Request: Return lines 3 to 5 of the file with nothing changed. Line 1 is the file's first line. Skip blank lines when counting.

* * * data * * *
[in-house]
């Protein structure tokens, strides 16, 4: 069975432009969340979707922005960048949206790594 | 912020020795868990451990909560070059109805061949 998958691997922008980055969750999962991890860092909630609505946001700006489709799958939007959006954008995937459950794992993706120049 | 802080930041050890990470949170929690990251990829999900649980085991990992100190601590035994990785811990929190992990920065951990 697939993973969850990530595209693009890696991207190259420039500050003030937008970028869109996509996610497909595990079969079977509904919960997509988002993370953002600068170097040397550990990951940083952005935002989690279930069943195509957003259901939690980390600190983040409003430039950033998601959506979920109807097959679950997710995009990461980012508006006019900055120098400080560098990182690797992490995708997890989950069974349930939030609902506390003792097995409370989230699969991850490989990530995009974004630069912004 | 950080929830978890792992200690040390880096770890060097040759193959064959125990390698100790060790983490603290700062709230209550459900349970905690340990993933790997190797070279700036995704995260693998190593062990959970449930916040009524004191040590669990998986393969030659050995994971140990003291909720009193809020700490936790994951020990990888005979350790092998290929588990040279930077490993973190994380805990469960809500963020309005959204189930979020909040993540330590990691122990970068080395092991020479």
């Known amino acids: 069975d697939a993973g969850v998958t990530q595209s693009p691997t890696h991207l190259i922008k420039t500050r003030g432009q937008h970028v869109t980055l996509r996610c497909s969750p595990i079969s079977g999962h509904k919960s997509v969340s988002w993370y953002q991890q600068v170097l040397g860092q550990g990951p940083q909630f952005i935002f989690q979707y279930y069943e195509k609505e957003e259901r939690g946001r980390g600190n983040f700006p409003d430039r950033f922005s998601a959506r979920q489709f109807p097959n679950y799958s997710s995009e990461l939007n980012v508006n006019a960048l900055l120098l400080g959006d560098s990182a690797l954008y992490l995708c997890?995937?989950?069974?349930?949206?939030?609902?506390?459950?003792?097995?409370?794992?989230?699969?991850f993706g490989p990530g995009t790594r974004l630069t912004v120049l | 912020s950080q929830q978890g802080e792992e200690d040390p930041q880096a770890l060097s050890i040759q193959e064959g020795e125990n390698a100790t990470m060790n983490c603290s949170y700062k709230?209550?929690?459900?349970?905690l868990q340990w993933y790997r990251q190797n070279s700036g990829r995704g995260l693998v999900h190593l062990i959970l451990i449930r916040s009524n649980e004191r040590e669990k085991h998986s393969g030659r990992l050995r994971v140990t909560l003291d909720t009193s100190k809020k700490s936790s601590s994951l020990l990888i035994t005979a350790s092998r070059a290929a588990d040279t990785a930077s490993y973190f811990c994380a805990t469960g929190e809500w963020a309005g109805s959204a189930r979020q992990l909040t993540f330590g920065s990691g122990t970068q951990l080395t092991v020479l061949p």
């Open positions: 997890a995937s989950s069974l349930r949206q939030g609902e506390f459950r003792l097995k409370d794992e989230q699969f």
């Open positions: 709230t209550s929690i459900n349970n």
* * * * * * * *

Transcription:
């Known amino acids: 069975d697939a993973g969850v998958t990530q595209s693009p691997t890696h991207l190259i922008k420039t500050r003030g432009q937008h970028v869109t980055l996509r996610c497909s969750p595990i079969s079977g999962h509904k919960s997509v969340s988002w993370y953002q991890q600068v170097l040397g860092q550990g990951p940083q909630f952005i935002f989690q979707y279930y069943e195509k609505e957003e259901r939690g946001r980390g600190n983040f700006p409003d430039r950033f922005s998601a959506r979920q489709f109807p097959n679950y799958s997710s995009e990461l939007n980012v508006n006019a960048l900055l120098l400080g959006d560098s990182a690797l954008y992490l995708c997890?995937?989950?069974?349930?949206?939030?609902?506390?459950?003792?097995?409370?794992?989230?699969?991850f993706g490989p990530g995009t790594r974004l630069t912004v120049l | 912020s950080q929830q978890g802080e792992e200690d040390p930041q880096a770890l060097s050890i040759q193959e064959g020795e125990n390698a100790t990470m060790n983490c603290s949170y700062k709230?209550?929690?459900?349970?905690l868990q340990w993933y790997r990251q190797n070279s700036g990829r995704g995260l693998v999900h190593l062990i959970l451990i449930r916040s009524n649980e004191r040590e669990k085991h998986s393969g030659r990992l050995r994971v140990t909560l003291d909720t009193s100190k809020k700490s936790s601590s994951l020990l990888i035994t005979a350790s092998r070059a290929a588990d040279t990785a930077s490993y973190f811990c994380a805990t469960g929190e809500w963020a309005g109805s959204a189930r979020q992990l909040t993540f330590g920065s990691g122990t970068q951990l080395t092991v020479l061949p």
């Open positions: 997890a995937s989950s069974l349930r949206q939030g609902e506390f459950r003792l097995k409370d794992e989230q699969f």
């Open positions: 709230t209550s929690i459900n349970n």